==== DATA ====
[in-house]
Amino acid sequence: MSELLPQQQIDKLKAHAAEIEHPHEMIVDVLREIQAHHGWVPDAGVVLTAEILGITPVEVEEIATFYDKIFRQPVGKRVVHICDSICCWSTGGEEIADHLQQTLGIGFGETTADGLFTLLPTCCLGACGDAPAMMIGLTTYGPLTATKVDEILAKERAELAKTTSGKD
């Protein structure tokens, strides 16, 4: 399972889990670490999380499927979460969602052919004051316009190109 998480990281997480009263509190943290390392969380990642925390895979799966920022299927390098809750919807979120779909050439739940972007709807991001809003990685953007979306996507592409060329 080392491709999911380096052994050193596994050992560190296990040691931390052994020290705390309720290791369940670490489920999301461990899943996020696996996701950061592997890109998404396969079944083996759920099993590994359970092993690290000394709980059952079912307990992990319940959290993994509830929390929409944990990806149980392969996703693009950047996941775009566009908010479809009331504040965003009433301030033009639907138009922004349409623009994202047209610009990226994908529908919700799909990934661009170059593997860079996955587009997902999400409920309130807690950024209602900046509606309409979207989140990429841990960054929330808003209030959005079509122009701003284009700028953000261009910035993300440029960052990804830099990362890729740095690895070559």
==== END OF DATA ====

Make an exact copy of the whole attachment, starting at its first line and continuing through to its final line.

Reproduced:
[in-house]
Amino acid sequence: MSELLPQQQIDKLKAHAAEIEHPHEMIVDVLREIQAHHGWVPDAGVVLTAEILGITPVEVEEIATFYDKIFRQPVGKRVVHICDSICCWSTGGEEIADHLQQTLGIGFGETTADGLFTLLPTCCLGACGDAPAMMIGLTTYGPLTATKVDEILAKERAELAKTTSGKD
């Protein structure tokens, strides 16, 4: 399972889990670490999380499927979460969602052919004051316009190109 998480990281997480009263509190943290390392969380990642925390895979799966920022299927390098809750919807979120779909050439739940972007709807991001809003990685953007979306996507592409060329 080392491709999911380096052994050193596994050992560190296990040691931390052994020290705390309720290791369940670490489920999301461990899943996020696996996701950061592997890109998404396969079944083996759920099993590994359970092993690290000394709980059952079912307990992990319940959290993994509830929390929409944990990806149980392969996703693009950047996941775009566009908010479809009331504040965003009433301030033009639907138009922004349409623009994202047209610009990226994908529908919700799909990934661009170059593997860079996955587009997902999400409920309130807690950024209602900046509606309409979207989140990429841990960054929330808003209030959005079509122009701003284009700028953000261009910035993300440029960052990804830099990362890729740095690895070559």